¶ 16 Like his earlier argument on the original employment agreement, Young's claim fails because the firm's statements regarding the anticipated “fair and equitable” division of the Krause fee were too indefinite to create an express contract. Our prior jurisprudence clearly establishes that a contract cannot exist without a meeting of the minds on the central features of the agreement. See Nielsen, 2003 UT 37 at ¶ 11, 78 P.3d 600; Tsern, 928 P.2d at 373. Simply stated, “[a] condition precedent to the enforcement of any contract is that there be a meeting of the minds of the parties, which must be spelled out, either expressly or impliedly, with sufficient definiteness to be enforced.” Valcarce, 362 P.2d at 428.
¶ 17 Here, although Prince Yeates and Young each expressed their intention to allocate the Krause fee in a “fair and equitable” manner, no agreement was ever reached on the integral feature of the alleged contract-Young's compensation. Other than the tentative one-third/two-thirds division outlined in Chindlund's May 5, 1999 memo, which Young expressly rejected with his counteroffer, the parties never agreed upon the specific amount of, or formula to determine, Young's share of the Krause fee. In the absence of any consensus on actual numbers or adoption of a mutually satisfactory method of calculating “fair and equitable” compensation, Prince Yeates' stated desire to be “fair” to Young, standing alone, is too indefinite to create a contractual obligation. “So long as there is any uncertainty or indefiniteness, or future negotiations or considerations to be had between the parties, there is not a completed contract. In fact, there is no contract at all.” Candland v. Oldroyd, 67 Utah 605, 248 P. 1101, 1102 (1926). See also Tsern, 928 P.2d at 373-74 (noting that “when parties have not agreed on a reasonable price or a method for determining one, ‘the agreement is too indefinite and uncertain for enforcement’ ” (quoting 1 Joseph M. Perillo, Corbin on Contracts § 4.3 (rev. ed.1993))). Other jurisdictions also take this approach. See Freedman v. Pearlman, 271 A.D.2d 301, 706 N.Y.S.2d 405, 407-08 (App.Div.2000) (holding that “alleged promises ․ to provide ‘fair compensation’ and to ‘equitably’ divide the draw were too indefinite to be enforced”); Turcott v. Gilbane Bldg. Co., 94 R.I. 225, 179 A.2d 491, 492-93 (1962) (same).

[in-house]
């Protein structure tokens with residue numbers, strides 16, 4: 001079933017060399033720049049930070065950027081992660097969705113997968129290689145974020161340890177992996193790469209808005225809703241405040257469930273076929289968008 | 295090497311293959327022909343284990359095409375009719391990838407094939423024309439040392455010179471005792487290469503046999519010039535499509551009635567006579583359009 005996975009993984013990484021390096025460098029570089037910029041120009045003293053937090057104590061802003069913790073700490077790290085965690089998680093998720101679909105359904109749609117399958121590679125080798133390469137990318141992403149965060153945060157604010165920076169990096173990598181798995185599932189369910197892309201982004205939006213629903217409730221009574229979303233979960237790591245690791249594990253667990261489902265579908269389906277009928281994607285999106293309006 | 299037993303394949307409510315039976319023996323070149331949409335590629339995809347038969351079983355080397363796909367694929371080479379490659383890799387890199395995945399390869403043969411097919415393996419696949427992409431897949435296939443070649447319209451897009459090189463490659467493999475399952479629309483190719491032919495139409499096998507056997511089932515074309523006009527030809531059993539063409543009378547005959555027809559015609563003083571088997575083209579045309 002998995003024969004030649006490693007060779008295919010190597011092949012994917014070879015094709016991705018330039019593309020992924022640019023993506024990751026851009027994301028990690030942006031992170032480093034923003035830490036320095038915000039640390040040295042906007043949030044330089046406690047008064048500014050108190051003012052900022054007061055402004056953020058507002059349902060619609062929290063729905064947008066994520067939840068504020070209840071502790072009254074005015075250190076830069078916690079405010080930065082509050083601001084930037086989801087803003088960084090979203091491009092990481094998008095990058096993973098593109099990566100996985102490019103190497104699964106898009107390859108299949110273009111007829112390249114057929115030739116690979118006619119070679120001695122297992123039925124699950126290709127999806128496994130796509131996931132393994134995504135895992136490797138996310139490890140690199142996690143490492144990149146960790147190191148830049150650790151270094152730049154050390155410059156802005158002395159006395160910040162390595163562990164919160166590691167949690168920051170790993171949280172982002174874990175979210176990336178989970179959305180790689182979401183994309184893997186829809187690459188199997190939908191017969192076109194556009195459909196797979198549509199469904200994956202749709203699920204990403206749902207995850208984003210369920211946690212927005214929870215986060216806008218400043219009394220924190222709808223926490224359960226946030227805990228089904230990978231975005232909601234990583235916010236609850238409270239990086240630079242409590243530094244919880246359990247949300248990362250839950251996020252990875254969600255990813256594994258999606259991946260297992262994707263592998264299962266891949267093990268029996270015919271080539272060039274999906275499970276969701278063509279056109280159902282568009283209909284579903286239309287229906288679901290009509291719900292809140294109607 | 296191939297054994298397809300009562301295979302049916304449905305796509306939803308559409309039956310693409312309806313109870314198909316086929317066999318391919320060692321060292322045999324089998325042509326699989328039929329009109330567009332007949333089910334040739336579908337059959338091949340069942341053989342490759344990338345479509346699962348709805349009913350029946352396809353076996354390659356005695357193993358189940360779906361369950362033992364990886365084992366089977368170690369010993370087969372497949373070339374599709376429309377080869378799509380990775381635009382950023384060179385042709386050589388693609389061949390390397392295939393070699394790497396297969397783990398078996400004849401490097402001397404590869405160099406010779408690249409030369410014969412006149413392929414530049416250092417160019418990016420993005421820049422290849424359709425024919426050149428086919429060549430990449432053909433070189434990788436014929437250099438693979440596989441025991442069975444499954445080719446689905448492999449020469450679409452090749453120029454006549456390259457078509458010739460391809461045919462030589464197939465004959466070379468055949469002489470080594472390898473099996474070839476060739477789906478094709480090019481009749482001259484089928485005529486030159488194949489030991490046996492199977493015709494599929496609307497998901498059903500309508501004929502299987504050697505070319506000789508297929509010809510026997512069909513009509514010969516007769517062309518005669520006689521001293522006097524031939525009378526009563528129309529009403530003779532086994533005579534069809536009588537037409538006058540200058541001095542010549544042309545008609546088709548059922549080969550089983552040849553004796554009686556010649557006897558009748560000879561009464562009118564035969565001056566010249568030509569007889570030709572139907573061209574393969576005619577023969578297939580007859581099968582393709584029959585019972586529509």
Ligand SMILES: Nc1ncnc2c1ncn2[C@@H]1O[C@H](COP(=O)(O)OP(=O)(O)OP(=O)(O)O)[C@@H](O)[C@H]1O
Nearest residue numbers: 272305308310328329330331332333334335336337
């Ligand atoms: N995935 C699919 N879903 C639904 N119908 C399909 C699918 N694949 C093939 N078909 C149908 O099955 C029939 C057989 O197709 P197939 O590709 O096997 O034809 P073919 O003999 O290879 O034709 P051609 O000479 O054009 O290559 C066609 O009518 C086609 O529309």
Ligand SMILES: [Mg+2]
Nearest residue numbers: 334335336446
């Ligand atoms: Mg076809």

¶ 18 In sum, Prince Yeates' commitment to be “fair” to Young in attempting to determine his “fair and equitable” compensation from the Krause fee was too indefinite to create an express contract. Again, viewing the material facts in the light most favorable to Young, we reverse the district court and hold, as a matter of law, that Prince Yeates was entitled to summary judgment on Young's counterclaim.
III. BREACH OF FIDUCIARY DUTY
¶ 19 Prince Yeates next argues that Young breached his fiduciary duty of loyalty-specifically, a duty of non-competition-when he represented clients in the firm's name without disclosing the representation to the firm, expended firm resources and filed pleadings in the firm's name in connection with these matters, and retained all fees derived from these cases for himself.1 The district court denied Prince Yeates' motion for partial summary judgment on the issue of liability and granted Young's cross-motion, reasoning that, as a mere employee, he owed no fiduciary duty of non-competition to the firm. Once more, we disagree.